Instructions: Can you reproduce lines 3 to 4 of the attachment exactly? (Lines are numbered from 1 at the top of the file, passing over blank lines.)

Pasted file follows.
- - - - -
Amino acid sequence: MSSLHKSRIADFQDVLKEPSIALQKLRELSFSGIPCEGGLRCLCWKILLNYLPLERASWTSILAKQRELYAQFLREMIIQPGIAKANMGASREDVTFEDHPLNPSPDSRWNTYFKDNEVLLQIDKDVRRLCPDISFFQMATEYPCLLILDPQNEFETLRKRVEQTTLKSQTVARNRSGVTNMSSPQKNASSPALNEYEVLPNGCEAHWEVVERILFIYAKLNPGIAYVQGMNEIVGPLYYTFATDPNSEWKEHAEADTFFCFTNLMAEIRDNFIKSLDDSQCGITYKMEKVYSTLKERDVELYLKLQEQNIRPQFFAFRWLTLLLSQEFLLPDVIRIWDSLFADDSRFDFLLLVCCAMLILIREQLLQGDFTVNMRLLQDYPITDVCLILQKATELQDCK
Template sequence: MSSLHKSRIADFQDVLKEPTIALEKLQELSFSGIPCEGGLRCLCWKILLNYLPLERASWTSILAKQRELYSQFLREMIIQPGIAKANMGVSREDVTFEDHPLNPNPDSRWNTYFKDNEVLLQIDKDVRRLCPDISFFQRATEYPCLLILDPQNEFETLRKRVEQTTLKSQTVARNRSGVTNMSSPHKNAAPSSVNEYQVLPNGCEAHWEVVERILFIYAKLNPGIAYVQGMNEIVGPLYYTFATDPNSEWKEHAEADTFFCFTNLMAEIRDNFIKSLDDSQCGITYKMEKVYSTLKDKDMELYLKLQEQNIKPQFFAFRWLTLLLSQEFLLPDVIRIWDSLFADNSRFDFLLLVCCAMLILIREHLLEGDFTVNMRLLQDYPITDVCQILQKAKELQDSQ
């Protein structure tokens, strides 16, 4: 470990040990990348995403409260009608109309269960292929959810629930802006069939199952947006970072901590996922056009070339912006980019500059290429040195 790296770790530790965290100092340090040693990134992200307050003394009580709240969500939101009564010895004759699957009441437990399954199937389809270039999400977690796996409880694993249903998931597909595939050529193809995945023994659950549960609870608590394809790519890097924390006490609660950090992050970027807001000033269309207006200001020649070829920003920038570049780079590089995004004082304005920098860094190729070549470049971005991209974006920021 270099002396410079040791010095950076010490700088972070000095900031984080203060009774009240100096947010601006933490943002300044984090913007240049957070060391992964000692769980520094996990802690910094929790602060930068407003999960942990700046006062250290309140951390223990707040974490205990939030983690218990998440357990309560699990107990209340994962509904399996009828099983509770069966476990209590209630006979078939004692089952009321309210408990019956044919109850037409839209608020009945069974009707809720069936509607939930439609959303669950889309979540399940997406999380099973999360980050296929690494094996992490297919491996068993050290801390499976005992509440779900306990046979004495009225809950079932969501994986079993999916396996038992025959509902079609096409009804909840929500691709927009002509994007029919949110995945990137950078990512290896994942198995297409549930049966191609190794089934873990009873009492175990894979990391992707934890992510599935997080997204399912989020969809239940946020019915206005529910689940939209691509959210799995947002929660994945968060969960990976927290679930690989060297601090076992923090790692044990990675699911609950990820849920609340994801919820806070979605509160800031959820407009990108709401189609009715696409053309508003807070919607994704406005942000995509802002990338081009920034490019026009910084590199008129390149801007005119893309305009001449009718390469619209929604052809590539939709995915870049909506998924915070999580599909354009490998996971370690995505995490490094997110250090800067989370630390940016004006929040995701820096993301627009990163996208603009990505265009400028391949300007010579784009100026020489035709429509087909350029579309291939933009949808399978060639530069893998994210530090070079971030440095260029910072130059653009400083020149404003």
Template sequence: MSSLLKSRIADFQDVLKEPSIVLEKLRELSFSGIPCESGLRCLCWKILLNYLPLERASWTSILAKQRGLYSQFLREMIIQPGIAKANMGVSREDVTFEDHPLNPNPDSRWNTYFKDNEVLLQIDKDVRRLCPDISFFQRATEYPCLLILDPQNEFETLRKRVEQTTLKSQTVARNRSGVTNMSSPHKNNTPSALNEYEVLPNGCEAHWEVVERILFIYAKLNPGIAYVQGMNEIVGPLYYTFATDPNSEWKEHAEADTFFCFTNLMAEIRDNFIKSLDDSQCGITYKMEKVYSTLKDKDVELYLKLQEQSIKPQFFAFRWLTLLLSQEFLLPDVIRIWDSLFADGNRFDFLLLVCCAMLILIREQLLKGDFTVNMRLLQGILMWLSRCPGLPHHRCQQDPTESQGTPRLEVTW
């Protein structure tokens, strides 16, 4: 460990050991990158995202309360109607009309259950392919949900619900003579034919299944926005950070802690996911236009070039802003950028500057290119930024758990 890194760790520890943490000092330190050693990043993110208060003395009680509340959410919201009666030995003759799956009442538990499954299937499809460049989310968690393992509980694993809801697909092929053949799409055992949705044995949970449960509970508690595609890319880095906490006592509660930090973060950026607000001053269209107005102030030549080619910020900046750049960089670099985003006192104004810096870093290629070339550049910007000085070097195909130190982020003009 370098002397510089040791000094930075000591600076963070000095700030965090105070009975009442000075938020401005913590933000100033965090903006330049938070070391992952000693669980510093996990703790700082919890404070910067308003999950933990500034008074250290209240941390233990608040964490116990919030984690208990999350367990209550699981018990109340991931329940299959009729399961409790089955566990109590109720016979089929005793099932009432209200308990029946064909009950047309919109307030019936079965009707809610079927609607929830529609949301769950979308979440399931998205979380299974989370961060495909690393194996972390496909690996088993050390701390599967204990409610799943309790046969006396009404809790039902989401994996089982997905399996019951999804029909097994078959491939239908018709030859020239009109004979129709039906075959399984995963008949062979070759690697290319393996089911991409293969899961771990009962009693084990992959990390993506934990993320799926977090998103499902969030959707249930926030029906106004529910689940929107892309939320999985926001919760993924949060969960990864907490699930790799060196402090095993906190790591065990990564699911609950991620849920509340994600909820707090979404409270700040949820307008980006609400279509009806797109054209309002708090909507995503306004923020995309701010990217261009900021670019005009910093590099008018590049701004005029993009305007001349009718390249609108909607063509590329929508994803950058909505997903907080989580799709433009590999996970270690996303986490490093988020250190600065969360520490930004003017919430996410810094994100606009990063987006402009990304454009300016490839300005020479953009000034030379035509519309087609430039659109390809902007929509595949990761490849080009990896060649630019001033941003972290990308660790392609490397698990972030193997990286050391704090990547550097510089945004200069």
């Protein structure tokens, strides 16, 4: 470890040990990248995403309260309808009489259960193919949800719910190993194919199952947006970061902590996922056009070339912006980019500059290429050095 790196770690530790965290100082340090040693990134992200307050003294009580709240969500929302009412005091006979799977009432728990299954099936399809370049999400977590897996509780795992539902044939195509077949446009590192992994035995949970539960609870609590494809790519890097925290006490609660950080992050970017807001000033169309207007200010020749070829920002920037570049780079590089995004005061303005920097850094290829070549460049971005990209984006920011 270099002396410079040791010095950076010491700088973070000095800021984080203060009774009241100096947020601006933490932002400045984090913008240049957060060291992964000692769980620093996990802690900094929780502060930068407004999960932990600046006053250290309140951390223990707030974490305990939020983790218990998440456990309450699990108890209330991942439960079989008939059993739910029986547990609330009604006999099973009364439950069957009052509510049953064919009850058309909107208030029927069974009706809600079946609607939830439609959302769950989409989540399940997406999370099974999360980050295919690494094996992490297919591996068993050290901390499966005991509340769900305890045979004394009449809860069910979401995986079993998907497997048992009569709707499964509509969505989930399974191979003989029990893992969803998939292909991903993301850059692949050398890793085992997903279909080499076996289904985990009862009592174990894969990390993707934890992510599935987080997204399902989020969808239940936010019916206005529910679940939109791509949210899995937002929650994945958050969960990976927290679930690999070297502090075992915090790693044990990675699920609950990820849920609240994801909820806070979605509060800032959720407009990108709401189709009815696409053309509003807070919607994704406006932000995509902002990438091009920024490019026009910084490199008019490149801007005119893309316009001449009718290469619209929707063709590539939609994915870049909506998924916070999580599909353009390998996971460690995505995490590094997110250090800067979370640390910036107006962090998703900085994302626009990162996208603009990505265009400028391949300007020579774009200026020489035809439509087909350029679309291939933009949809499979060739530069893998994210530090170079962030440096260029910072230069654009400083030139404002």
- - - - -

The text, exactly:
């Protein structure tokens, strides 16, 4: 470990040990990348995403409260009608109309269960292929959810629930802006069939199952947006970072901590996922056009070339912006980019500059290429040195 790296770790530790965290100092340090040693990134992200307050003394009580709240969500939101009564010895004759699957009441437990399954199937389809270039999400977690796996409880694993249903998931597909595939050529193809995945023994659950549960609870608590394809790519890097924390006490609660950090992050970027807001000033269309207006200001020649070829920003920038570049780079590089995004004082304005920098860094190729070549470049971005991209974006920021 270099002396410079040791010095950076010490700088972070000095900031984080203060009774009240100096947010601006933490943002300044984090913007240049957070060391992964000692769980520094996990802690910094929790602060930068407003999960942990700046006062250290309140951390223990707040974490205990939030983690218990998440357990309560699990107990209340994962509904399996009828099983509770069966476990209590209630006979078939004692089952009321309210408990019956044919109850037409839209608020009945069974009707809720069936509607939930439609959303669950889309979540399940997406999380099973999360980050296929690494094996992490297919491996068993050290801390499976005992509440779900306990046979004495009225809950079932969501994986079993999916396996038992025959509902079609096409009804909840929500691709927009002509994007029919949110995945990137950078990512290896994942198995297409549930049966191609190794089934873990009873009492175990894979990391992707934890992510599935997080997204399912989020969809239940946020019915206005529910689940939209691509959210799995947002929660994945968060969960990976927290679930690989060297601090076992923090790692044990990675699911609950990820849920609340994801919820806070979605509160800031959820407009990108709401189609009715696409053309508003807070919607994704406005942000995509802002990338081009920034490019026009910084590199008129390149801007005119893309305009001449009718390469619209929604052809590539939709995915870049909506998924915070999580599909354009490998996971370690995505995490490094997110250090800067989370630390940016004006929040995701820096993301627009990163996208603009990505265009400028391949300007010579784009100026020489035709429509087909350029579309291939933009949808399978060639530069893998994210530090070079971030440095260029910072130059653009400083020149404003």
Template sequence: MSSLLKSRIADFQDVLKEPSIVLEKLRELSFSGIPCESGLRCLCWKILLNYLPLERASWTSILAKQRGLYSQFLREMIIQPGIAKANMGVSREDVTFEDHPLNPNPDSRWNTYFKDNEVLLQIDKDVRRLCPDISFFQRATEYPCLLILDPQNEFETLRKRVEQTTLKSQTVARNRSGVTNMSSPHKNNTPSALNEYEVLPNGCEAHWEVVERILFIYAKLNPGIAYVQGMNEIVGPLYYTFATDPNSEWKEHAEADTFFCFTNLMAEIRDNFIKSLDDSQCGITYKMEKVYSTLKDKDVELYLKLQEQSIKPQFFAFRWLTLLLSQEFLLPDVIRIWDSLFADGNRFDFLLLVCCAMLILIREQLLKGDFTVNMRLLQGILMWLSRCPGLPHHRCQQDPTESQGTPRLEVTW